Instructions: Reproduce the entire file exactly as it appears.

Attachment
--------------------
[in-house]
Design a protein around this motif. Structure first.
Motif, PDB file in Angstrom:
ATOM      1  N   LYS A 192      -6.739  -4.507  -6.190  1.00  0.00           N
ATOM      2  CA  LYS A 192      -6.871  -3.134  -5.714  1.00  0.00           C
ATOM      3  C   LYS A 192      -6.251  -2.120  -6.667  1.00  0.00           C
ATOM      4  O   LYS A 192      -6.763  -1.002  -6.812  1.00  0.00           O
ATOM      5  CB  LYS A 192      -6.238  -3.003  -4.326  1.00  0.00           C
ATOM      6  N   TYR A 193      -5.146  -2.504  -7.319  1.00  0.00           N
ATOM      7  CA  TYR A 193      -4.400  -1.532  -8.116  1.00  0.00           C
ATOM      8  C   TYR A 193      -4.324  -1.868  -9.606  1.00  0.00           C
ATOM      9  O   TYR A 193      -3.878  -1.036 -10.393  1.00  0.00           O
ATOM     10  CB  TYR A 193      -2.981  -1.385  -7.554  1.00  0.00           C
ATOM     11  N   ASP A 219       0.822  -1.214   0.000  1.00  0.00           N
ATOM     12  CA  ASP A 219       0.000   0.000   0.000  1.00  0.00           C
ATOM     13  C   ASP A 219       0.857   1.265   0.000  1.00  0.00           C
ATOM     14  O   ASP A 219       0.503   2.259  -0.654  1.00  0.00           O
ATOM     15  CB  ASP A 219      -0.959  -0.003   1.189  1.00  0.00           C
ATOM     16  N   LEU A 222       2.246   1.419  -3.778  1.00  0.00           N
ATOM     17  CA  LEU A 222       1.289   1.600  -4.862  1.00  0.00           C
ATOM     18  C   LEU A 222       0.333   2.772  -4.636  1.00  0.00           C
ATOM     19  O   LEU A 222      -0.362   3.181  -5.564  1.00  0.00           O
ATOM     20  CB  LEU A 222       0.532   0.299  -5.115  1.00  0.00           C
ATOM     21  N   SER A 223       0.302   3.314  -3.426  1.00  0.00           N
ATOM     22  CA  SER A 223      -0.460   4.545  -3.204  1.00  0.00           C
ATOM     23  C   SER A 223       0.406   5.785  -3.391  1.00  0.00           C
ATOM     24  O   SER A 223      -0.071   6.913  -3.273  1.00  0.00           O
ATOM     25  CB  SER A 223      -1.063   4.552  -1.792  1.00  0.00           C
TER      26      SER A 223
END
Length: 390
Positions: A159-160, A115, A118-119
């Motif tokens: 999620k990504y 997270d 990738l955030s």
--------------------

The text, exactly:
[in-house]
Design a protein around this motif. Structure first.
Motif, PDB file in Angstrom:
ATOM      1  N   LYS A 192      -6.739  -4.507  -6.190  1.00  0.00           N
ATOM      2  CA  LYS A 192      -6.871  -3.134  -5.714  1.00  0.00           C
ATOM      3  C   LYS A 192      -6.251  -2.120  -6.667  1.00  0.00           C
ATOM      4  O   LYS A 192      -6.763  -1.002  -6.812  1.00  0.00           O
ATOM      5  CB  LYS A 192      -6.238  -3.003  -4.326  1.00  0.00           C
ATOM      6  N   TYR A 193      -5.146  -2.504  -7.319  1.00  0.00           N
ATOM      7  CA  TYR A 193      -4.400  -1.532  -8.116  1.00  0.00           C
ATOM      8  C   TYR A 193      -4.324  -1.868  -9.606  1.00  0.00           C
ATOM      9  O   TYR A 193      -3.878  -1.036 -10.393  1.00  0.00           O
ATOM     10  CB  TYR A 193      -2.981  -1.385  -7.554  1.00  0.00           C
ATOM     11  N   ASP A 219       0.822  -1.214   0.000  1.00  0.00           N
ATOM     12  CA  ASP A 219       0.000   0.000   0.000  1.00  0.00           C
ATOM     13  C   ASP A 219       0.857   1.265   0.000  1.00  0.00           C
ATOM     14  O   ASP A 219       0.503   2.259  -0.654  1.00  0.00           O
ATOM     15  CB  ASP A 219      -0.959  -0.003   1.189  1.00  0.00           C
ATOM     16  N   LEU A 222       2.246   1.419  -3.778  1.00  0.00           N
ATOM     17  CA  LEU A 222       1.289   1.600  -4.862  1.00  0.00           C
ATOM     18  C   LEU A 222       0.333   2.772  -4.636  1.00  0.00           C
ATOM     19  O   LEU A 222      -0.362   3.181  -5.564  1.00  0.00           O
ATOM     20  CB  LEU A 222       0.532   0.299  -5.115  1.00  0.00           C
ATOM     21  N   SER A 223       0.302   3.314  -3.426  1.00  0.00           N
ATOM     22  CA  SER A 223      -0.460   4.545  -3.204  1.00  0.00           C
ATOM     23  C   SER A 223       0.406   5.785  -3.391  1.00  0.00           C
ATOM     24  O   SER A 223      -0.071   6.913  -3.273  1.00  0.00           O
ATOM     25  CB  SER A 223      -1.063   4.552  -1.792  1.00  0.00           C
TER      26      SER A 223
END
Length: 390
Positions: A159-160, A115, A118-119
């Motif tokens: 999620k990504y 997270d 990738l955030s």